Vikki

            Comment


            • #7
              Nice job on the finished image, Balky!

              I charge by the job for each image, but my estimate is based on a $50/hr. rate and the estimate is given just by looking at the image and making an educated guess as to how long it will take me to complete the job. I also charge an additional fee for original images larger than 8x10, which would add $25 to the cost of this one.

              Looking at your image, I'd guess that it would take me about 5 hours to finish, which would mean that I'd quote the job at $275.

              I'd give the client a 3-4 week turnaround.

              Comment


              • #8
                Hi.

                Thanks for the compliment, Jak! and everyone who has posted a reply so far.

                Vikki, that was a good question. Before I decided to do that, I have been to many business related websites where I saw that people charge to scan a photo. Those prices varry. Even Doug charges 15 dollars for scanning...

                I will explain why: Sometimes a picture needs to be scanned more than once to transfer alll of the detail, e.g. I was scanning a pic, the woman was on stage in a dress with sparkles... I Had to scan that pic 3 times before I could get those sparkle... each time I had to play with sliders before scanning to make the brightness and curves right... That work takes time too unfortunately :-(

                I always adjust the image (tonal and color) before I scaan and then after scan in Photoshop already.

                I hope I was able to answer your question clearly. If you still have questions, please do ask :-)

                Comment


                • #9
                  Balky: I forgot to mention that I would estimate from 5 to 10 hours (depending on what kind of day we are having ...:-))

                  Vicky: We charge seperately for scanning for these reasons;
                  -It does take time, expense, expertise and equipment - if we were to outsource the scanning we would have to pay for it.
                  -The customer understands where the total bill comes from by breaking it into pieces.
                  -It leaves open the idea of scanning and printing without art work, if not for this image possibly for images that the customer has at home, which can mean more business.

                  Added note on quoting objects in the photo seperately:
                  -By breaking the quote it seperate sections / steps we are more consistant in our quoting, it is less a factor of our mood at the moment and forces us to be aware of the details. ALso, when used to quote by guesstimate, we found that smaller originals used to be quoted a lower price by accident because we did not notice some of the tiny problems, so quoting based on the objects in the photo fixed that problem.

                  Roger

                  Comment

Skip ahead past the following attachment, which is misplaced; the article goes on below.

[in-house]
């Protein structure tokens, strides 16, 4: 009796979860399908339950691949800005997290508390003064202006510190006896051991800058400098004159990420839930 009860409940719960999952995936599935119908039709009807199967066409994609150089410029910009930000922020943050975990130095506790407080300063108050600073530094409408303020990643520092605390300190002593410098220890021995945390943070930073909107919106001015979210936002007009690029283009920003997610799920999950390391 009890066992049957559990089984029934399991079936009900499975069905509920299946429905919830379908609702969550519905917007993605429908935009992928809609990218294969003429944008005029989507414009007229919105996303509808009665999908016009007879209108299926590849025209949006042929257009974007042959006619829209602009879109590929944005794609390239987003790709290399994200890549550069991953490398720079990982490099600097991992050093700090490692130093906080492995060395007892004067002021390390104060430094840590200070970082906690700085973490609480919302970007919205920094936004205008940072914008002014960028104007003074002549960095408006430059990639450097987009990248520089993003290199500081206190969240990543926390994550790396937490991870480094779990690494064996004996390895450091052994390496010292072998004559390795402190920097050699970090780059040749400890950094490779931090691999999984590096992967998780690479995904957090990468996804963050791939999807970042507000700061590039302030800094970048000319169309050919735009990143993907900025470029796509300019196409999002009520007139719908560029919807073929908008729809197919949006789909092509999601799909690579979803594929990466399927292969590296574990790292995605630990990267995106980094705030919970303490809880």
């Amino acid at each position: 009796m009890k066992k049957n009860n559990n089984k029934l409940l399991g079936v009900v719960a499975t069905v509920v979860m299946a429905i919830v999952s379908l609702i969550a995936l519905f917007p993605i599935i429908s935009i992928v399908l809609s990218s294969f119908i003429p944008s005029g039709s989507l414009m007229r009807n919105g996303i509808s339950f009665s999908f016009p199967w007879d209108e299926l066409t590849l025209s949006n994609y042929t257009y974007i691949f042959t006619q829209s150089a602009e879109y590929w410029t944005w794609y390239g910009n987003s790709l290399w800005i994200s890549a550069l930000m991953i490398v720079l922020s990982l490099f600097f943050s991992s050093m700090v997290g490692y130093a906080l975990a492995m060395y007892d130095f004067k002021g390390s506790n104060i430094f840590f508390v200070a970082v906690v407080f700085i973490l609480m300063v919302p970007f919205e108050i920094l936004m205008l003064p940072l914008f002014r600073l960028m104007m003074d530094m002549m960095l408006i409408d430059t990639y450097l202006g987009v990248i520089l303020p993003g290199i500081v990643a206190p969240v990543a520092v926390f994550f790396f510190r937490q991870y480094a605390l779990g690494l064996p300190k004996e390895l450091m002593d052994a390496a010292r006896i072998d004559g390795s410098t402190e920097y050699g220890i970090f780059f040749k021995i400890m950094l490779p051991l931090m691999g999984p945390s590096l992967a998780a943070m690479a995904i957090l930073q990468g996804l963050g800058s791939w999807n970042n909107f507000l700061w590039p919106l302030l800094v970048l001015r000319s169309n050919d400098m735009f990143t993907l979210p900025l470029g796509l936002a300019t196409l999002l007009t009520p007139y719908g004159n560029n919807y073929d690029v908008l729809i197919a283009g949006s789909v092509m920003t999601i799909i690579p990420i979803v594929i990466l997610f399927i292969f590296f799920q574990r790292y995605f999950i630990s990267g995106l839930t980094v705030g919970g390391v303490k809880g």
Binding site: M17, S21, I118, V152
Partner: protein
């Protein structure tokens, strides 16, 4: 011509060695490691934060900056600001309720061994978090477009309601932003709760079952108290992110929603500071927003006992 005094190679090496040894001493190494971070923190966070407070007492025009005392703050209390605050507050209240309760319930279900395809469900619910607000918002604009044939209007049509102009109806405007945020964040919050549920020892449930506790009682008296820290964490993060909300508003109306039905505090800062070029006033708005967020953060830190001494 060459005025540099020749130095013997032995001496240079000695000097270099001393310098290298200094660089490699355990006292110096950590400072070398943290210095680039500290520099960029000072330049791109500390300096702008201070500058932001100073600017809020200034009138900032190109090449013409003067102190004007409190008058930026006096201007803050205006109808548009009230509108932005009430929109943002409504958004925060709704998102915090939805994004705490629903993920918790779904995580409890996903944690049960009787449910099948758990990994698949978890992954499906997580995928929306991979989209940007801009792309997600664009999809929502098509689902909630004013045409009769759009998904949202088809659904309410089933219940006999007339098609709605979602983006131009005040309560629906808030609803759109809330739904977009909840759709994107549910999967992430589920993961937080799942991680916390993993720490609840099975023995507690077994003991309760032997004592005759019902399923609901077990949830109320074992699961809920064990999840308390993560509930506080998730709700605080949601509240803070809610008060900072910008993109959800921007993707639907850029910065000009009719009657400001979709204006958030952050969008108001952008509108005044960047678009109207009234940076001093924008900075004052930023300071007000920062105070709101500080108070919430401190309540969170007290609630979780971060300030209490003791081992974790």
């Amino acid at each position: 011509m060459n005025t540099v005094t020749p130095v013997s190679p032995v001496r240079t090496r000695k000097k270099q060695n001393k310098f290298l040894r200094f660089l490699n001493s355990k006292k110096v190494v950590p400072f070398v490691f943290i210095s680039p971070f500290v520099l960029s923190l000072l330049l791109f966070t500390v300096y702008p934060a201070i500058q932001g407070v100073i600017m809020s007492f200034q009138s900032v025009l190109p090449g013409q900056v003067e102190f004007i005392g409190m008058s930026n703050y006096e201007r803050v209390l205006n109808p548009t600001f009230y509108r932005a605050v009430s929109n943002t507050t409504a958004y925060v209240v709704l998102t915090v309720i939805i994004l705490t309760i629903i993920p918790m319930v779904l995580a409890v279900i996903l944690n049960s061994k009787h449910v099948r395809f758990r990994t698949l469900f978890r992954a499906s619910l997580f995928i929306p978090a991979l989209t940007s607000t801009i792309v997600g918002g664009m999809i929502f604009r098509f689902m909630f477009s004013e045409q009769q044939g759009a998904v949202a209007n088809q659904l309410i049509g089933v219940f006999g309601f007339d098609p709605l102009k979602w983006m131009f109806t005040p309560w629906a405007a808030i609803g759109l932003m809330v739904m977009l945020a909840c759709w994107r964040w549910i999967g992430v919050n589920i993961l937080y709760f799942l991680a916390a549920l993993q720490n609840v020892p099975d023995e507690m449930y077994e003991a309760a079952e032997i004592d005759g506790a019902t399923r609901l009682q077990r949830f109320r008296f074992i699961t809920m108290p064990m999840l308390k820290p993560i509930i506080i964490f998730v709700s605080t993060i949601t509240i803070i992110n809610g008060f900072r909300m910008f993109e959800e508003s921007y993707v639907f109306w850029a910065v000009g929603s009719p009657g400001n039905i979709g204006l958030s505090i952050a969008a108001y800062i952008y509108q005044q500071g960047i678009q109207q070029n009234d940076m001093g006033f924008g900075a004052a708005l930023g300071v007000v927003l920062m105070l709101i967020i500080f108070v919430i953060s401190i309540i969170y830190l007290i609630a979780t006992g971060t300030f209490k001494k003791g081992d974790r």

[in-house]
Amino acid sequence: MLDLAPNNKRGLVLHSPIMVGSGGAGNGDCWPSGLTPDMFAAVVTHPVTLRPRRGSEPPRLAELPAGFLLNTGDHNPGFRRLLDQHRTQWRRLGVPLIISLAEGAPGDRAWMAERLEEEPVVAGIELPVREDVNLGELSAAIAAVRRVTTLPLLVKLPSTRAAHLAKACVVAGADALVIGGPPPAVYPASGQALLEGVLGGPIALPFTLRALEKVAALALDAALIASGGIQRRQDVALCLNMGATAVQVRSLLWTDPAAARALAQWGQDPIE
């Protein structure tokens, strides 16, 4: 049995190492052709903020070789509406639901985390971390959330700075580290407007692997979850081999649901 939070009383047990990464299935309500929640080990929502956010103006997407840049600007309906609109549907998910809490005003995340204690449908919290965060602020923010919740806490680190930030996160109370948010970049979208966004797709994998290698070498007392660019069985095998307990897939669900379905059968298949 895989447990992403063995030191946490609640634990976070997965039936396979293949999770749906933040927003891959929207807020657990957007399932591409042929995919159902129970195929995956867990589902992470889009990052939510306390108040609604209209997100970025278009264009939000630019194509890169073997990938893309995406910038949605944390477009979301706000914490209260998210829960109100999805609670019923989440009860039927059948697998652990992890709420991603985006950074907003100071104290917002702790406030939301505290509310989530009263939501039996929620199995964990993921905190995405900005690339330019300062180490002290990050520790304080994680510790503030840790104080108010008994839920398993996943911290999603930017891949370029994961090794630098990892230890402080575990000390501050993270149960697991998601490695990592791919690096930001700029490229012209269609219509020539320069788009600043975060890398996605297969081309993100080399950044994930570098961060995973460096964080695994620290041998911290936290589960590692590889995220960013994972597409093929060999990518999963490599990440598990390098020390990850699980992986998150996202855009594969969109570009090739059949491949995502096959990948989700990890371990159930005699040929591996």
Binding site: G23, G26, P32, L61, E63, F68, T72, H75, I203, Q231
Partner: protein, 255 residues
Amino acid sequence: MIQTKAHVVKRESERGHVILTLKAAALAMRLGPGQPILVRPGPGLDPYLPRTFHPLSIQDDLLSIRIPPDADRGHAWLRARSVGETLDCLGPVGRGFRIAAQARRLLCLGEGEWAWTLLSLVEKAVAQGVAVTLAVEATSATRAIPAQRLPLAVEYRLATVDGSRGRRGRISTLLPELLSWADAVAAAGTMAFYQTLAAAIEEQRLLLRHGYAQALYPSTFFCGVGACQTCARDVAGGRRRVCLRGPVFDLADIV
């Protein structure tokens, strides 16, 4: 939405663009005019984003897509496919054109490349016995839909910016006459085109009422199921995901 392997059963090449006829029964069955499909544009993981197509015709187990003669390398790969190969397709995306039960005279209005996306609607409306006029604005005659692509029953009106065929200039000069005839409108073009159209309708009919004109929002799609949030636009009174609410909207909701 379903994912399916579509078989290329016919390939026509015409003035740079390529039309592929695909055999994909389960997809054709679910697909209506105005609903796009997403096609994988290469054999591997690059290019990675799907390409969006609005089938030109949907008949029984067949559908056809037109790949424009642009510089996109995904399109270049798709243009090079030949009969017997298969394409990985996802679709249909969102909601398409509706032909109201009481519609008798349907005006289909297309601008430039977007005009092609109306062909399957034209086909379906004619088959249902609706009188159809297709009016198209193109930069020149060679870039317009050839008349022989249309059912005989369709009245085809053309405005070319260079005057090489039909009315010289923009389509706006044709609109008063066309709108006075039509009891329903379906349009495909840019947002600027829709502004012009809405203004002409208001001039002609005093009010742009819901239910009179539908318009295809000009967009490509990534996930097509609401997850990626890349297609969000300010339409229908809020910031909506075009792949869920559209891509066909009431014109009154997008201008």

• #10
                    Good points about the scanning!
                    Thanks

                    Comment


                    • #11
                      My Opinion

                      Pavel, nice job on patching it and cleaning the flaws etc. Just a few things I noticed. There is a black shadow on the girl's head on the left...it's much too dark compared to the rest of the pic. Which brings me to the second point--the whole picture needs curves adjustment along with some manual dodge and burn to bring out more contrast as it's a bit flat overall (because it started off that way, being faded from age). There should be more variety in darkness of shadows. Just one example...shadows should be darker on the underrail of the bench and on their feet. Some faces and areas were faded more than others so need individual treatment with hand tools.

                      As for time, the heart of the picture (people/faces) is in pretty good shape, so I don't think this job would be exceptionally difficult (except for adding the top of a head, which isn't so bad because head tops are easy to find...facial features would be another story). I'd guess about 4 - 5 hours, but can't say without seeing the actual picture. The scanning in pieces is not hard though it may take an extra 15 minutes or so, depending of course on the speed of your scanner. I can see adding ten bucks to the job cost, maybe, though I probably wouldn't bother...I always include scans in the cost.

                      As for pricing, well... Roger, I think the price you quoted is, frankly, exorbitant! This picture is one I would do for $150. But I work out of my home and also have another source of income, so I don't need to charge that much to make it worth my time. Actually, I love it, so I'd probably do this just for the fun of it, as a hobby, but don't let that get out...shhhh!

                      I'm probably on the low end, pricewise, while Roger is on the high end. In my opinion, a charge of $200 - $250 would be still "reasonable" for this picture, which comes to about $40 - $50 per hour. That is, if the results were top notch...that is, nearly perfect. Nowadays it seems that just about anyone with a copy of Photoshop thinks they can go into the restoration/retouching business, and from what I've seen on the web, not everyone is good enough to be charging much for what they turn out. So I thinks folks who want to try this as a business should wait till they are sure their work is top notch before getting too pricey.